Three different occasions over the previous year a player was eliminated from a tournament subsequent to having tried positive once the competition started: Nick Watney at the RBC Heritage last June, Denny McCarthy at the Travelers Championship and Branden Grace at the Barracuda Championship. Elegance’s circumstance was like Rahm in that he was in contention.

Be that as it may, Grace didn’t have the lead, as Rahm did. Likewise, that occasion wasn’t close to as unmistakable as the Memorial.

“I think we have all been really scared and we have all thought of this what-if scenario,” Morikawa said. “But that’s the thing with what-ifs. We can only think about it and think what we’re going to try and do, do that until it actually happens; and it’s very unfortunate for him to have a 6-shot lead and it’s kind of in his possession right there.

“Obviously, we know the risks. People know the risks of not getting vaccinated. It’s a personal choice. No one should be judged.”

Morikawa clarified that he was disappointed Rahm was getting a tough time over his inoculation status.

Rahm this previous week got a COVID-19 vaccine. In any case, before doing as such, he had been in touch with somebody who tried positive, subsequently he was needed to go through the Tour’s protocols.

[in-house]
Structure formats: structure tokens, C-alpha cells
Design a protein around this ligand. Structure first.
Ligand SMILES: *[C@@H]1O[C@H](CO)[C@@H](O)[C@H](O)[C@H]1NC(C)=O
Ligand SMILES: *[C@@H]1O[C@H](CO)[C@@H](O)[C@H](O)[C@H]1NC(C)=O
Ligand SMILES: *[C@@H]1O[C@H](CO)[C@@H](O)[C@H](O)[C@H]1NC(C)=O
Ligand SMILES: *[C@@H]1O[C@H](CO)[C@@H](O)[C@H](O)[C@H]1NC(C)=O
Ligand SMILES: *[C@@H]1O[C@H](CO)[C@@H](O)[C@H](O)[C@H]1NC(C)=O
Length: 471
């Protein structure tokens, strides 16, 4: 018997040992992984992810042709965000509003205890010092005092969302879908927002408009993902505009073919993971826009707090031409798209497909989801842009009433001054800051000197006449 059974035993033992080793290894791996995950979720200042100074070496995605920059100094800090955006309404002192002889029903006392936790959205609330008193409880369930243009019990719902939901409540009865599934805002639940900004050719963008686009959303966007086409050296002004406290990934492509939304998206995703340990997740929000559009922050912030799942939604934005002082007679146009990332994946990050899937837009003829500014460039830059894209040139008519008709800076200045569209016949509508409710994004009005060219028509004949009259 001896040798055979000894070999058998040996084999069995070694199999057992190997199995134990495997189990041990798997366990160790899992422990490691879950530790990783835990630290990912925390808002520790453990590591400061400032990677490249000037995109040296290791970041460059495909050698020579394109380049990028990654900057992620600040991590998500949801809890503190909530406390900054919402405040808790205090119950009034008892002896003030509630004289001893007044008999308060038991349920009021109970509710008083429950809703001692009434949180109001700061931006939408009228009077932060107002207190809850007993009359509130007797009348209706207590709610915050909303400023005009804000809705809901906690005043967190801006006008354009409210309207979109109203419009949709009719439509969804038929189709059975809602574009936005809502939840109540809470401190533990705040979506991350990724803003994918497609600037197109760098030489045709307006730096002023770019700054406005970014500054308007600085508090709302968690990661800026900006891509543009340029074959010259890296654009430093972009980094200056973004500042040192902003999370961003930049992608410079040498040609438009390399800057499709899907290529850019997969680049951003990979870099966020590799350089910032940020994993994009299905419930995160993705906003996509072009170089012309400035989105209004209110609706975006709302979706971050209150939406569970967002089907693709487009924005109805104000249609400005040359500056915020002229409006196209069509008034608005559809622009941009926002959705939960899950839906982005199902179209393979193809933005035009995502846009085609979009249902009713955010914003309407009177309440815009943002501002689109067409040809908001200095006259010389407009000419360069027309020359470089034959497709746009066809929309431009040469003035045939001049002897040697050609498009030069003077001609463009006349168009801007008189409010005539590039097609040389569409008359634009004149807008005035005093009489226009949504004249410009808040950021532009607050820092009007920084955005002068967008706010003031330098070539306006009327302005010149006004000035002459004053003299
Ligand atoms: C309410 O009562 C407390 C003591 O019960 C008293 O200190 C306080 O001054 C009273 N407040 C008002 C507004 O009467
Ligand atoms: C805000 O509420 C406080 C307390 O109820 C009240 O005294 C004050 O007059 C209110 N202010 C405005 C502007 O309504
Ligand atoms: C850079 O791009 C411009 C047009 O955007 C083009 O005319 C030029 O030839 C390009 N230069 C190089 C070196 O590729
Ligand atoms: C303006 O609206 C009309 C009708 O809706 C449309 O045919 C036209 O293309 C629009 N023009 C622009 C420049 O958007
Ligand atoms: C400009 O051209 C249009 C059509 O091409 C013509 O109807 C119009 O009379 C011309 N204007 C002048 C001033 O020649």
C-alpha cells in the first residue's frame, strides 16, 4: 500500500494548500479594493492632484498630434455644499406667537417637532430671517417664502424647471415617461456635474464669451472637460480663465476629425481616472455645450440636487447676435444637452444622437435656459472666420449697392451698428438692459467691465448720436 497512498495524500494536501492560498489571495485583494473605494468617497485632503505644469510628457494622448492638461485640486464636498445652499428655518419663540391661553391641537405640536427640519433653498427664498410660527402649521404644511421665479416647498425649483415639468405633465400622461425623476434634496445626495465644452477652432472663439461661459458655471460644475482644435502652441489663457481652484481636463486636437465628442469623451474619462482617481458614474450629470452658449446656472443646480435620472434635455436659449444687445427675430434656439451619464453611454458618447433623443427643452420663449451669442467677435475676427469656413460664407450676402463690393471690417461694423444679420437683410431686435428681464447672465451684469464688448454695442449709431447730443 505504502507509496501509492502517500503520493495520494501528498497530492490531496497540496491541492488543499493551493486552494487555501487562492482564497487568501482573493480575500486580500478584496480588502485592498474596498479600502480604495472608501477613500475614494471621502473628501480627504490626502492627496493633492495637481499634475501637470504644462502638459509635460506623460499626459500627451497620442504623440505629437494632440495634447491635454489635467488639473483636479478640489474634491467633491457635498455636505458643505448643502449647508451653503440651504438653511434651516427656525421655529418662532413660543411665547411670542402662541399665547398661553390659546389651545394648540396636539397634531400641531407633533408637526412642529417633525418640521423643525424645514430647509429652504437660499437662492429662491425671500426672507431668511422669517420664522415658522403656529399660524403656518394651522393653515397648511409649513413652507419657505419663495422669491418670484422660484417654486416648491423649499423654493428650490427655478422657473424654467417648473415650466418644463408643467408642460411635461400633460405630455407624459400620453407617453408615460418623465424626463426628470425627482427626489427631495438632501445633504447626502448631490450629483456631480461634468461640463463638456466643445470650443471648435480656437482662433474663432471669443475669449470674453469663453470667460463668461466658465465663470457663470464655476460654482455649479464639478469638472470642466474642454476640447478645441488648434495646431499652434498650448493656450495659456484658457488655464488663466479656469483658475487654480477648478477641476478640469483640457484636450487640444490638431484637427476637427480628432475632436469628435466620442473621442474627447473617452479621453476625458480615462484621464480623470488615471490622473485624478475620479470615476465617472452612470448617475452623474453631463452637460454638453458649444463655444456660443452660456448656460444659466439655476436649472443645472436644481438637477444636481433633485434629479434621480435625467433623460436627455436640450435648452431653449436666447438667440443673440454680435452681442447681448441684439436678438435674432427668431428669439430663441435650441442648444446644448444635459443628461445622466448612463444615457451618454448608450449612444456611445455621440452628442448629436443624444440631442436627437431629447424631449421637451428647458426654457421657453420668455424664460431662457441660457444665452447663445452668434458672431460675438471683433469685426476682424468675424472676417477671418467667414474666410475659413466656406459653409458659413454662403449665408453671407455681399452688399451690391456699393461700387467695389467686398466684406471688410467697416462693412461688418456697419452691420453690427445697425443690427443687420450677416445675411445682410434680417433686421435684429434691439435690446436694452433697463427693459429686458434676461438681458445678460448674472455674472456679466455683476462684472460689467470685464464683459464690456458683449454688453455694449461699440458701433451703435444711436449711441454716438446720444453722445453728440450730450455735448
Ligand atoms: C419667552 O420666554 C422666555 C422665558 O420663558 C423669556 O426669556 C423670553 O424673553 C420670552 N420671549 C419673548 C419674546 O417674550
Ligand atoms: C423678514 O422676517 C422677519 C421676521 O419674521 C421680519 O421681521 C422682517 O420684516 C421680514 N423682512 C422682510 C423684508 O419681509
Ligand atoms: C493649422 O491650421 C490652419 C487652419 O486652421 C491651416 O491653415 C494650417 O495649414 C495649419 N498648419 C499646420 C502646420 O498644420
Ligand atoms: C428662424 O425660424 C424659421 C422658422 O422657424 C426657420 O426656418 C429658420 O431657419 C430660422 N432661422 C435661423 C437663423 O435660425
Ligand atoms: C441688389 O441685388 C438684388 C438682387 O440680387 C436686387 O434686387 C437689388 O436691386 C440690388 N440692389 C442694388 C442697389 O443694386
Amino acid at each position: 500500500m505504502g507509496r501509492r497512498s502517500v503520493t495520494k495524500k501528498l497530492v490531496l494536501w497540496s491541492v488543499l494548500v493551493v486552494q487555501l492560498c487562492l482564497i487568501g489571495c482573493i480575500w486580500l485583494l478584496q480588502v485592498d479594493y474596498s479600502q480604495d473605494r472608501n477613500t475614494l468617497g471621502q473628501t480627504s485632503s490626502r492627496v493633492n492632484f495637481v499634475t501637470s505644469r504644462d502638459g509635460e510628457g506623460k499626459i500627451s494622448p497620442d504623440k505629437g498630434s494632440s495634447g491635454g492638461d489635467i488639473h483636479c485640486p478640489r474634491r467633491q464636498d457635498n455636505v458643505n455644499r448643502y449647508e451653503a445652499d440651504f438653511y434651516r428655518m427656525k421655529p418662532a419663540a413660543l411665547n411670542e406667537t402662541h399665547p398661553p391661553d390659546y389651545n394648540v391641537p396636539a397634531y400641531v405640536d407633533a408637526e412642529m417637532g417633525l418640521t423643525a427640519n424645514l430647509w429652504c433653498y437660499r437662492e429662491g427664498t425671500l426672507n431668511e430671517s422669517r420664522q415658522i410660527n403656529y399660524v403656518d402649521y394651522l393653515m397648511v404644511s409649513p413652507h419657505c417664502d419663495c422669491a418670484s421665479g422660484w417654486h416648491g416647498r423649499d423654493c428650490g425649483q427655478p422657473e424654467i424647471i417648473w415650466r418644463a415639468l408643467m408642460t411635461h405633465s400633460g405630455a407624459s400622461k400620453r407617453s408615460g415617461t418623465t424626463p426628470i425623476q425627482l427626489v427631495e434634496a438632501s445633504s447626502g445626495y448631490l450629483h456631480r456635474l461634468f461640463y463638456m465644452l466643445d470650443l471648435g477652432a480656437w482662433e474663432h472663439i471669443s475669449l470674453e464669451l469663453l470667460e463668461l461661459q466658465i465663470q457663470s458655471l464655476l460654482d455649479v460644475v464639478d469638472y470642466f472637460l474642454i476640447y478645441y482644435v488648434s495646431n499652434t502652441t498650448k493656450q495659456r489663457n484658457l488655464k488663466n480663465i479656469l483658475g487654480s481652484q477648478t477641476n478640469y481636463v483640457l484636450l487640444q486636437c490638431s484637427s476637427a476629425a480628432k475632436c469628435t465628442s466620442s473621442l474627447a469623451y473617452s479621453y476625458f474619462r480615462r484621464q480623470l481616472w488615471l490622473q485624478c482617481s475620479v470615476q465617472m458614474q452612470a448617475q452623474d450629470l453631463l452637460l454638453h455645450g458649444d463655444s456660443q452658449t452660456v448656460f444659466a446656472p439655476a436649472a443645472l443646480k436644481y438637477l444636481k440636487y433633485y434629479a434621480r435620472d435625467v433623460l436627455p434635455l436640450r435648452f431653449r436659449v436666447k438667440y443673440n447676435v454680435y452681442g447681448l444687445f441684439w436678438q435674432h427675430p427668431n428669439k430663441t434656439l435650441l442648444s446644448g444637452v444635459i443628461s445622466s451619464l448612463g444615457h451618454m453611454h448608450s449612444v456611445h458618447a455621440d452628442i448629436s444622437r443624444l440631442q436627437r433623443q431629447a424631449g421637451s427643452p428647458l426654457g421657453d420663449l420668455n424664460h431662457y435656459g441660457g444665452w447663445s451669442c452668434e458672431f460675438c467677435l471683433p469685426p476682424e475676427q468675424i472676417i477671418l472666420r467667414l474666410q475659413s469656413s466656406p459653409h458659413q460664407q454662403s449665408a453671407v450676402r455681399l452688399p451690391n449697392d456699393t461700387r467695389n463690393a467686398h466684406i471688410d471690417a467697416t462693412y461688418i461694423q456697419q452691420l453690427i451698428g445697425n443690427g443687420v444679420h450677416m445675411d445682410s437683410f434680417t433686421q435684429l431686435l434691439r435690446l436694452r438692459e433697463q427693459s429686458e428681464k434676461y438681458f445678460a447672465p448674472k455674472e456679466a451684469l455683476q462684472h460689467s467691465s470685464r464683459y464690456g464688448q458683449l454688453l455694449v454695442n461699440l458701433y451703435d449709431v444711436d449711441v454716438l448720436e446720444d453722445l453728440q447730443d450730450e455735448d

That implied no admittance to the clubhouse, locker room or player dining. In spite of the fact that his status was not declared openly, Rahm made it obvious to those he was with in the favorable to am, playing partners and anyone he came in contact with of his status.

Golf has not missed a scheduled event since returning a year prior this week. There have been positive COVID-19 cases, certainly, actually like there have been in different games, in varying backgrounds.

Yet, there have been no significant outbreaks, no huge spikes at any tournament. There was somewhat of an alarm in April when four players tried positive that very week after the tournament in New Orleans, yet that ended up being about the most exceedingly terrible of it.

The PGA Tour made it to this point with no huge headlines – until Rahm.

He pursued the more responsible option in the articulation he delivered through Twitter, saying, “These things happen in life.” And without a doubt, losing almost $1.7 million in prize money – the take for winning – needed to sting. However, there was more: another triumph and the force as he went into the U.S. Open at Torrey Pines, looking for his first significant title. Had Rahm won the Memorial, he’d have gone to San Diego a major top pick.

Presently that is less clear. Rahm is dependent upon a 10-day isolation – except if he tests negative for two days at any rate 24 hours separated. Whatever occurs straightaway, for Rahm, Sunday’s last round at the Memorial played out with a lot of suspense despite of the invisible asterisk that will oblige it.

Topics #Jon Rahm #Patrick Cantlay #second Memorial Tournament